Economic growth continued in the second quarter of 2013, albeit at a relatively slow pace, in North America, Japan and the UK, and the eurozone emerged from the recession, the Organisation for Economic Co-operation and Development (OECD) said in its most recent report. While some eurozone countries continue to struggle, the eurozone as a whole is now registering economic growth, with Germany expected to experience 2.5% economic growth in 2013, and France projected to grow by 1.5%.

Global growth in the near term is expected to remain sluggish, as the continued slowdown in large emerging economies such as India and Indonesia, which according to the OECD “account for a large share of the world economy”, will affect gains made by recovering developed economies. China, which experienced a slowdown in the first half of this year, will grow by 8% by the year’s end, yet this will still be a marked deceleration from preceding years.


A significant consequence has been the reversal of capital flows, from emerging economies back to advanced economies. Signs of a stronger recovery in advanced economies, coupled with an expected 'tapering' of the US Federal Reserve’s quantitative easing programme, have fuelled market instability and capital outflows from several major emerging economies back into OECD economies.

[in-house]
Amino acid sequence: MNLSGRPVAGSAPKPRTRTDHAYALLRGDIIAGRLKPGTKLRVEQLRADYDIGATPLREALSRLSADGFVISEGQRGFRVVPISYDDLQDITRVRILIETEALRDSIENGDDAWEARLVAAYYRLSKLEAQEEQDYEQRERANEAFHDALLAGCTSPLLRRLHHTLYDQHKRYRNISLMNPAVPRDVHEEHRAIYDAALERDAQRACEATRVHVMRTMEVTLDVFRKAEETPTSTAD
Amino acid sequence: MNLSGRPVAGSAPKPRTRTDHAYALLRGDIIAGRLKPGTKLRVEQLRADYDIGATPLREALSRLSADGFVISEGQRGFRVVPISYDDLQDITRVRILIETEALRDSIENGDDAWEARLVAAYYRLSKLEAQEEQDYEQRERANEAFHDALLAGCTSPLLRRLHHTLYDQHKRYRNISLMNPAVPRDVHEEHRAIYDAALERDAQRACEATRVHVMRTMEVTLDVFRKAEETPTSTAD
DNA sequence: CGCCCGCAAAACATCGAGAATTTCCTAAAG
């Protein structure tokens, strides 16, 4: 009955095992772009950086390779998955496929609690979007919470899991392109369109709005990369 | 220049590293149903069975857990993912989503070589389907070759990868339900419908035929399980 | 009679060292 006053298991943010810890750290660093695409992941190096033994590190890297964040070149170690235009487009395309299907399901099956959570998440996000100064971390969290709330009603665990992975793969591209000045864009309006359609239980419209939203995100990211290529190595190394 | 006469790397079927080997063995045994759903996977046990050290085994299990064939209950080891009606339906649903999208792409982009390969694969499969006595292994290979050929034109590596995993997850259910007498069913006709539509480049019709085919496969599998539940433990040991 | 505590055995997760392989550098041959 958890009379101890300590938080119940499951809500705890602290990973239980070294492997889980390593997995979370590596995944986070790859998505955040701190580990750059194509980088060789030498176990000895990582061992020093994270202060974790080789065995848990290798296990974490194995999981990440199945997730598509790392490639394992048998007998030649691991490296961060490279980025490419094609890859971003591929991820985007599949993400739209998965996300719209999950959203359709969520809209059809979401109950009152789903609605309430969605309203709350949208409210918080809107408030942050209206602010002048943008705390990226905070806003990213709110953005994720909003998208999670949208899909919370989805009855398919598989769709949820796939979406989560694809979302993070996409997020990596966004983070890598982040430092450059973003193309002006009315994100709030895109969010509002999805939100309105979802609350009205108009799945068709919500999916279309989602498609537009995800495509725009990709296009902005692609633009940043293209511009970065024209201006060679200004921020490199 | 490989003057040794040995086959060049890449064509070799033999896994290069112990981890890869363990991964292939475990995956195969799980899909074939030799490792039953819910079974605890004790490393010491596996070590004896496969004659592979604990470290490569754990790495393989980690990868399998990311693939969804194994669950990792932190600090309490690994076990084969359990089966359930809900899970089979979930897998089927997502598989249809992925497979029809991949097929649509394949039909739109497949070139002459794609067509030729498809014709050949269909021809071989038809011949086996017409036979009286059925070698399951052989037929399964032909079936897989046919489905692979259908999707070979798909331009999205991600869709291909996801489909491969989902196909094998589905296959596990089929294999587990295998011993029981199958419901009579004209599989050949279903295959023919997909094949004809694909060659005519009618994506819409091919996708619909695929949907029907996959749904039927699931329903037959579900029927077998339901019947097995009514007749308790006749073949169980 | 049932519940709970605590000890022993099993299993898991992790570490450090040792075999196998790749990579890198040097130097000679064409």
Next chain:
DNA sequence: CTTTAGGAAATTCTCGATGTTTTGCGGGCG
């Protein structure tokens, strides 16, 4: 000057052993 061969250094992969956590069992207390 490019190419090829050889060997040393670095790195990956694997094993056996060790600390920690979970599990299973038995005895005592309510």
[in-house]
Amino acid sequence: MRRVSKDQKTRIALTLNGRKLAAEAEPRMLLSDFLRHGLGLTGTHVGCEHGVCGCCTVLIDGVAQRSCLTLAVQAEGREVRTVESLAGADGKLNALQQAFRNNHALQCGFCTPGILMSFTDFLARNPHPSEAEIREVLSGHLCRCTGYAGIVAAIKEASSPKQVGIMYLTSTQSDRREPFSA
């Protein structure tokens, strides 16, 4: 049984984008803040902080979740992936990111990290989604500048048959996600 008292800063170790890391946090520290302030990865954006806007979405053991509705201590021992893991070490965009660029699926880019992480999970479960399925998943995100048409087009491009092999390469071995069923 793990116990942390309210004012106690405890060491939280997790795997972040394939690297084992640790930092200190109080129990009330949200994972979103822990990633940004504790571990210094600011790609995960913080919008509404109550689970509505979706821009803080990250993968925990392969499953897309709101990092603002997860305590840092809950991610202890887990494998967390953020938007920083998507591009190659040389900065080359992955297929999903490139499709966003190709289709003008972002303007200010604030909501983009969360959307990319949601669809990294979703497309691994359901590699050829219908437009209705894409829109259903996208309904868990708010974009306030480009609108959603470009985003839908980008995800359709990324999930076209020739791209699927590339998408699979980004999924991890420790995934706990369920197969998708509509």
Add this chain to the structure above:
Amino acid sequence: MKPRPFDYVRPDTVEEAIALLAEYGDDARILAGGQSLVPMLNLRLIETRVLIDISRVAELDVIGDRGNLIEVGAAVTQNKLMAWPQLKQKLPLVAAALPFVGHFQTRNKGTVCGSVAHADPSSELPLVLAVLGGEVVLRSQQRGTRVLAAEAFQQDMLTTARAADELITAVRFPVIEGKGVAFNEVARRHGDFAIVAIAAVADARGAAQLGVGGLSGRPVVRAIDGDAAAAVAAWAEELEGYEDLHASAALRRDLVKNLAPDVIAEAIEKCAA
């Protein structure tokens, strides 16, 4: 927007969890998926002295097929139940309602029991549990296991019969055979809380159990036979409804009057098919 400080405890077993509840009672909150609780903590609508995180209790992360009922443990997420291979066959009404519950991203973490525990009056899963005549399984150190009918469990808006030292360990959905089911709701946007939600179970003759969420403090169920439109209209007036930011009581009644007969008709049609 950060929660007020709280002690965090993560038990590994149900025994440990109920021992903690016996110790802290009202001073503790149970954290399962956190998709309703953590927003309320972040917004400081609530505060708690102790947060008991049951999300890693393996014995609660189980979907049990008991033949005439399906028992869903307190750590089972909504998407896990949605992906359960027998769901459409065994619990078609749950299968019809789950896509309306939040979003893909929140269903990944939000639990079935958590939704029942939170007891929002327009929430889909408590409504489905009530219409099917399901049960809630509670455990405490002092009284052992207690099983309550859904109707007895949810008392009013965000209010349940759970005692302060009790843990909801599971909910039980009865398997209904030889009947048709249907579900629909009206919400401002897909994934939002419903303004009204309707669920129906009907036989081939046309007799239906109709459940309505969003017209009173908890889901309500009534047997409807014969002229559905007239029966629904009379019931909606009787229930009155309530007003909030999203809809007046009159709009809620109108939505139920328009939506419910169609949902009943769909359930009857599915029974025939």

Speaking at the launch of the Interim Economic Assessment Report in early September, Jorgen Elmeskov, the OECD deputy chief economist, maintained a bearish assessment. “Major risks remain,” he said. “The gradual pick-up in momentum in the advanced economies is encouraging but a sustainable recovery is not yet firmly established. The euro area is still vulnerable to renewed sovereign debt tensions, [and] high levels of debt in some emerging markets have increased their vulnerability to financial shocks.”

Although the report appeared cautiously optimistic about the OECD’s prospects as a whole, Mr Elmeskov maintained that fiscal consolidation policies need to be upheld, in order to prevent the high rates of unemployment across the OECD from being entrenched. Indeed, unemployment across the eurozone and the US, which currently stands at 12% and 7.5%, respectively, remains much higher than before the global economic crisis. As a result, the OECD called on governments to implement effective training programmes, as well as reform tax benefit systems, in order to reduce joblessness among young people.